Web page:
Meaning: a country in Asia.
There was no original ASL sign; hence, this sign was borrowed from Taiwanese Sign Language and has been prevalently adopted in ASL.
Did you know that...? Martial arts star Jackie Chan launched the 2009 Taipei Summer Deaflympics campaign as ambassador with a bit of sign language for the Deaflympics for a period of time. Other ambassadors were singer A-Mei and actress Lin Ching-hsia.
The creator/owner (myself) of this website attended the 2009 Deaflympics for the first time in 20 years after the last time she was in 1989 New Zealand Summer Deaflympics where she broke a new Deaf world record in 200m butterfly. Now in 2009, strangely not as a fan nor as an athlete but as a sitting athlete, she watched the 200m butterfly where her own record was broken by a Chinese deaf swimmer. Seeing this as an opportunity, she insisted to meet the Chinese swimmer to congratulate. Despite all the long security story, she finally managed to meet the swimmer with her Chinese coach and congratulated her. A series of strange events led her to attend the Deaflympics with no prior intention. To this day, she hasn't still attended the next Deaflympics as a fan.
Filter word: Enter a keyword in the search box to see a list of available words with the "All" selection. Click on the page number if needed. Click on the blue link to look up the word.
For best result, enter a parial word to see variations of the word.
Alphabetical letters: It's useful for 1) a single-letter word (such as A, B, etc.) and 2) very short words (e.g. "to", "he", etc.) to narrow down the words and pages in the list.
For best result, enter a short word in the search box, then select the alphetical letter (and page number if needed), and click on the blue link.
Don't forget to click "All" back when you search another word with a different initial letter.
If you cannot find (perhaps overlook) a word but you can still see a list of links, then keep looking until the links disappear! Practice your alphabetical index skill or eye-sharpening. :)
Add a Word: This dictionary is not exhaustive; ASL signs are constantly added to the dictionary. If you don't find a word/sign, you can send your request (only if a single link doesn't show in the result).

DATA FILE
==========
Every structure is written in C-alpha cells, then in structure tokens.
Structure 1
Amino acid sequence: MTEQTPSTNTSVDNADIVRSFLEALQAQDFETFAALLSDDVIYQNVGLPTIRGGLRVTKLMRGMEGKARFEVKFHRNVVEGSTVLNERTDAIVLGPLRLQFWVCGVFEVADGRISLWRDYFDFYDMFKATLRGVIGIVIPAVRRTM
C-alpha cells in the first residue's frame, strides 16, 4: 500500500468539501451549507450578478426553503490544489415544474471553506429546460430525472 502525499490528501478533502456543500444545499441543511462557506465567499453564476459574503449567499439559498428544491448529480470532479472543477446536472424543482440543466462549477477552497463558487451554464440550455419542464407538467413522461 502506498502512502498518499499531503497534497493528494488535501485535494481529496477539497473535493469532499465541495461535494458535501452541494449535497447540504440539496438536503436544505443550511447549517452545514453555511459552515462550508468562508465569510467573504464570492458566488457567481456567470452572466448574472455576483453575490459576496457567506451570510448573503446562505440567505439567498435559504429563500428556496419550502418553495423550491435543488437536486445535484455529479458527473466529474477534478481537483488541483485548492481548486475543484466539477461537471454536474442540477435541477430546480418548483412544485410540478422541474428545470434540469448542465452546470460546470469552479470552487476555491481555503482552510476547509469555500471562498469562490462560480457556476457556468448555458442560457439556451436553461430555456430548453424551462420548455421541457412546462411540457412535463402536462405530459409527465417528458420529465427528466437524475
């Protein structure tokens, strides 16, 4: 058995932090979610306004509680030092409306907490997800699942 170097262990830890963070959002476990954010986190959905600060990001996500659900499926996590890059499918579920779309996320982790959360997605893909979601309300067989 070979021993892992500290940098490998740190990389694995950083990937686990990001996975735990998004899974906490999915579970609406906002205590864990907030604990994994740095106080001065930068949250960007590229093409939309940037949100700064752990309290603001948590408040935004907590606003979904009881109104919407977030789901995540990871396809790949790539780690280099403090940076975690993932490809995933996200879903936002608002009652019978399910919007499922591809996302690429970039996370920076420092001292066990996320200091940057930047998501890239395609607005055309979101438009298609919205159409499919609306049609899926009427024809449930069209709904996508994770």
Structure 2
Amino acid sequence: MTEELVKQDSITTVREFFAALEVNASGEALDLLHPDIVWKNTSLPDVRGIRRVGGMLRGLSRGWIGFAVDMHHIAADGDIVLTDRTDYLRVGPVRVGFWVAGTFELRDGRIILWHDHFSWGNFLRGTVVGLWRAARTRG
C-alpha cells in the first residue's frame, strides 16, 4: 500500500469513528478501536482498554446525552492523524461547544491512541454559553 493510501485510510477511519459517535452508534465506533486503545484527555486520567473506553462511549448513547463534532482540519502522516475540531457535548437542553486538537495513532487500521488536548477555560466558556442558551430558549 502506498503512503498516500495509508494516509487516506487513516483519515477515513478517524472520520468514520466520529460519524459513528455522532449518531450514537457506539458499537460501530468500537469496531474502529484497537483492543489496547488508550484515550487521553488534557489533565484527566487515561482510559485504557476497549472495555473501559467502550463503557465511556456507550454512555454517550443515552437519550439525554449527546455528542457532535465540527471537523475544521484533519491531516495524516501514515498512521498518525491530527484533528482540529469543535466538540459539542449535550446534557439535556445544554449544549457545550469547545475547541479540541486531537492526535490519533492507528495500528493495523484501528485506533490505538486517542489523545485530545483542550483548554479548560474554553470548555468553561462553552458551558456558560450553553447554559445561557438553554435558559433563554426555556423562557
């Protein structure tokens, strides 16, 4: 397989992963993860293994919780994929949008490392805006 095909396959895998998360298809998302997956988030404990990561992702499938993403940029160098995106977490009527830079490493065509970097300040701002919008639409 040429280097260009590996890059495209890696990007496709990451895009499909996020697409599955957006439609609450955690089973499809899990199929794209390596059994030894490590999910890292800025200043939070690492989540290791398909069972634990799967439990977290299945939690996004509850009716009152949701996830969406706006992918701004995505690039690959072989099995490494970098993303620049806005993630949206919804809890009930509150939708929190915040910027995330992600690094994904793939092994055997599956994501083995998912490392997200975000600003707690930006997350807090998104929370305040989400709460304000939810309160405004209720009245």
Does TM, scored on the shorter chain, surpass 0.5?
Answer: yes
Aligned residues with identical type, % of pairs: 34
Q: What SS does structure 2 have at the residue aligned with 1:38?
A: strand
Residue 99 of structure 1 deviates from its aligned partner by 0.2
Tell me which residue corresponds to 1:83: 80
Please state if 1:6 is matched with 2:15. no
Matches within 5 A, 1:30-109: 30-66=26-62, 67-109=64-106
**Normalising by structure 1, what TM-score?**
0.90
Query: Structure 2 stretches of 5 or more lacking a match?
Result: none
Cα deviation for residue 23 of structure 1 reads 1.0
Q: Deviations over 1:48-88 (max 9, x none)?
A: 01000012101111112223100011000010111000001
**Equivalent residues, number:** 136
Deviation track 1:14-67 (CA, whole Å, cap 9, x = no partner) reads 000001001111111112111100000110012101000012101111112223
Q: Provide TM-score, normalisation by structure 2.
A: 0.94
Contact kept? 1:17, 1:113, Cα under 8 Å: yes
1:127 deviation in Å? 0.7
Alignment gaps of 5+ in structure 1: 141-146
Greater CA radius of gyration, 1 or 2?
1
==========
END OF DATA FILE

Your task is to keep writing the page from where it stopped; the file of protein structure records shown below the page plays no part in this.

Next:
Videos: The first video may be NOT the answer you're looking for. There are several signs for different meanings, contexts, and/or variations. Browsing all the way down to the next search box is highly recommended.
Grammar: ASL has its own grammar and structure in sentences that works differently from English. For plurals, verb inflections, word order, etc., learn grammar in the "ASL Learn" section. For searching signed words in the dictionary, use the present-time verbs and base words. If you look for "said", look up the word "say". Likewise, if you look for an adjective word, try the noun or vice versa. E.g. The ASL signs for French and France are the same. If you look for a plural word, use a singular word.
Variation: Some ASL signs have regional (and generational) variations across North America. Some common variations are included as much as possible, but for specifically local variations, interact with your local community to learn their local variations.
Inflection: Many ASL words, especially verbs, in the dictionary are a "base"; be aware that many of them are grammatically inflectable within ASL sentences. Some entries have sentence examples.
Contextual meaning: Some ASL signs in the dictionary may not mean the same in different contexts and/or ASL sentences. You will see some examples in video sentences.
ASL is very much alive and indefinitely constructable as any spoken language. The best way to use ASL right is to immerse in daily language interactions and conversations with Deaf/Ameslan people (or ASLians).